It doesn’t take long to learn which species are most common in your local “patch”. And, with the help of the free Merlin app and its Sound ID feature, you’ll soon recognize the songs and calls you hear.  Armed with this knowledge, anything new that turns up really catches your attention.  

Simply focusing on the behaviour of birds coming to your feeder is a good starting point to slow birding. Take American Goldfinches. You may notice how one aggressive individual refuses to move from its feeder perch, driving away all the other goldfinches that try to have their turn. This is because a pecking order exists among goldfinches. Females with duller bills, for example, tend to give way to females with brighter bills. 

A pecking order exists among members of a flock of American Goldfinch (Drew Monkman)

Benefits of slow birding

Slow birding helps you develop a deeper connection to not only birds but also to the place you live. It shares much of the appeal of living locally, be it purchasing locally-grown food or enjoying local theatre. In an increasingly homogenized world, the emotional impulse to connect deeply with the richness and uniqueness of where we reside is stronger than ever. Likewise, seeing an unexpected bird in your yard or immediate area has more meaning and impact than seeing it elsewhere.

The benefits are personal, too. Slow birding presents an opportunity for a kind of mindfulness – the practice of being in the moment – as you engage quietly, deeply and intentionally with the birds and nature around you. Tuning into birds – and trying to tune out everything else – enhances our sense of wellbeing.

It’s especially satisfying to gain insight into what birds are telling us. Maybe it’s a flock of crows that are cawing non-stop as they fly about the top of a tree. When you wander over, you might discover there’s a hawk or owl perched on a branch that the crows are trying to drive away. Without this awareness, you would have probably ignored the mayhem.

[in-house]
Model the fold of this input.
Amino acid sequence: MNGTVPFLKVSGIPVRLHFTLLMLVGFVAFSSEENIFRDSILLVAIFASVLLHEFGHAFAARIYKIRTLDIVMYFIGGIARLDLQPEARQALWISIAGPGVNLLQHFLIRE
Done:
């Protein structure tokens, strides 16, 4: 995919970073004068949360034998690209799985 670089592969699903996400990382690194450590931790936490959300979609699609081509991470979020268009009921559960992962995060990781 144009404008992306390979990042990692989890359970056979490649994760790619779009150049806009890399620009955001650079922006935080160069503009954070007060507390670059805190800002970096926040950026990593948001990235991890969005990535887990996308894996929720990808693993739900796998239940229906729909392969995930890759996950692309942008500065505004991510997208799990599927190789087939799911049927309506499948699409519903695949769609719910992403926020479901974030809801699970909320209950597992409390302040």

Some activities to try

  1. Find a sit spot. This is simply an inviting, private place away from distractions where you can sit quietly and observe nature. It might be on your property or in a nearby park or greenspace. Try to spend 20 minutes there a few times a week. Pay close attention to the birds you see and hear. What behaviours do you notice? Visiting a sit spot regularly is wonderful for your mental health.
  2. Pay close attention to which birds are moving through your locality during migration. Most migration happens from mid-March to late May and then again from late August to early November.
  3. Try to find out which species are nesting and where the nests are located.    
  4. Do your own local Big Year. This is a 12-month list of all the species you find in your yard or neighbourhood. Keep track of your sightings on the free eBird app. I see or hear upwards of 60 species annually in or from our Peterborough yard, while my friend Tim Dyson who lives on a large property outside of Warsaw records an average of 154.  A Big Year can also be done as a family activity and even lead to some good-natured competition like who will see the first hummingbird.
  5. In a similar vein, you might also consider a Five Mile Radius (5MR) Big Year – a focus for birding that’s become quite popular. Much of it can be done on foot or on a bicycle. Not only is your carbon footprint much lighter, but you’ll find there’s so much to discover under your very nose. For more information, including how to print a 5 mile/8 kilometre radius map around your home, go to

Slow birding reaffirms that there is no right or wrong way to be a birder.  To learn more, visit Bridget Butler’s website at I also recommend reading Jon Young’s “What the Robin Knows: How Birds Reveal the Secrets of the Natural World” This natural history classic will teach you how to tune in to the vocalizations and behaviours of common birds and learn what they’re  telling us. You might also enjoy “Slow Birding: The Art and Science of Enjoying Birds in Your Own Backyard” by Joan E. Strassman.

Drew Monkman

I am a retired teacher, naturalist and writer with a love for all aspects of the natural world, especially as they relate to seasonal change.